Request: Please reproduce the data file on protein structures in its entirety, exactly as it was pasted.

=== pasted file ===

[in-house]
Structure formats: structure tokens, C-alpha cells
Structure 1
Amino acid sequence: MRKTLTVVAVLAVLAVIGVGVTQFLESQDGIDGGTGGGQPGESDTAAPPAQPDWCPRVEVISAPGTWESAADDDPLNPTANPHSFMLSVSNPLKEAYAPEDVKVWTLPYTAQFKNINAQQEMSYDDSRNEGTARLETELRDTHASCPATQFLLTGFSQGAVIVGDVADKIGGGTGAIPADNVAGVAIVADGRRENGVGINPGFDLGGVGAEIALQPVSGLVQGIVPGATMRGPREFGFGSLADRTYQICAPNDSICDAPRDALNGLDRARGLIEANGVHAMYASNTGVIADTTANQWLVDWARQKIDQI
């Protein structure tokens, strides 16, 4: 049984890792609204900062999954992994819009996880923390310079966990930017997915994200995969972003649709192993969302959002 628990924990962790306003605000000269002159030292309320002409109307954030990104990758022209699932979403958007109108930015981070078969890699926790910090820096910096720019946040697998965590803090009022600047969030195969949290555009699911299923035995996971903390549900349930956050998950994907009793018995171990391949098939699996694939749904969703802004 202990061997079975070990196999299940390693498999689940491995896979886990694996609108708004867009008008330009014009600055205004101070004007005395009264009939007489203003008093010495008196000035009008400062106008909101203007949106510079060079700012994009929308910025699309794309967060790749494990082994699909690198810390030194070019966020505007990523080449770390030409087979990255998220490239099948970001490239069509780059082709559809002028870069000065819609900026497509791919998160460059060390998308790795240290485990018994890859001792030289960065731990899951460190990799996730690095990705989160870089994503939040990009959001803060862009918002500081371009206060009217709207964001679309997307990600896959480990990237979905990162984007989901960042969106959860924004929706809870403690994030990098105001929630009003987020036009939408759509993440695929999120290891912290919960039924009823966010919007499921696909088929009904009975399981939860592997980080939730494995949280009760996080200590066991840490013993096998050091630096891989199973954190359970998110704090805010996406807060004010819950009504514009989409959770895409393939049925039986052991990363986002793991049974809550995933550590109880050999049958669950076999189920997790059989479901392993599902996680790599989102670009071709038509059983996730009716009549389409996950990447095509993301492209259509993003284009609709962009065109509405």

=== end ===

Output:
[in-house]
Structure formats: structure tokens, C-alpha cells
Structure 1
Amino acid sequence: MRKTLTVVAVLAVLAVIGVGVTQFLESQDGIDGGTGGGQPGESDTAAPPAQPDWCPRVEVISAPGTWESAADDDPLNPTANPHSFMLSVSNPLKEAYAPEDVKVWTLPYTAQFKNINAQQEMSYDDSRNEGTARLETELRDTHASCPATQFLLTGFSQGAVIVGDVADKIGGGTGAIPADNVAGVAIVADGRRENGVGINPGFDLGGVGAEIALQPVSGLVQGIVPGATMRGPREFGFGSLADRTYQICAPNDSICDAPRDALNGLDRARGLIEANGVHAMYASNTGVIADTTANQWLVDWARQKIDQI
């Protein structure tokens, strides 16, 4: 049984890792609204900062999954992994819009996880923390310079966990930017997915994200995969972003649709192993969302959002 628990924990962790306003605000000269002159030292309320002409109307954030990104990758022209699932979403958007109108930015981070078969890699926790910090820096910096720019946040697998965590803090009022600047969030195969949290555009699911299923035995996971903390549900349930956050998950994907009793018995171990391949098939699996694939749904969703802004 202990061997079975070990196999299940390693498999689940491995896979886990694996609108708004867009008008330009014009600055205004101070004007005395009264009939007489203003008093010495008196000035009008400062106008909101203007949106510079060079700012994009929308910025699309794309967060790749494990082994699909690198810390030194070019966020505007990523080449770390030409087979990255998220490239099948970001490239069509780059082709559809002028870069000065819609900026497509791919998160460059060390998308790795240290485990018994890859001792030289960065731990899951460190990799996730690095990705989160870089994503939040990009959001803060862009918002500081371009206060009217709207964001679309997307990600896959480990990237979905990162984007989901960042969106959860924004929706809870403690994030990098105001929630009003987020036009939408759509993440695929999120290891912290919960039924009823966010919007499921696909088929009904009975399981939860592997980080939730494995949280009760996080200590066991840490013993096998050091630096891989199973954190359970998110704090805010996406807060004010819950009504514009989409959770895409393939049925039986052991990363986002793991049974809550995933550590109880050999049958669950076999189920997790059989479901392993599902996680790599989102670009071709038509059983996730009716009549389409996950990447095509993301492209259509993003284009609709962009065109509405």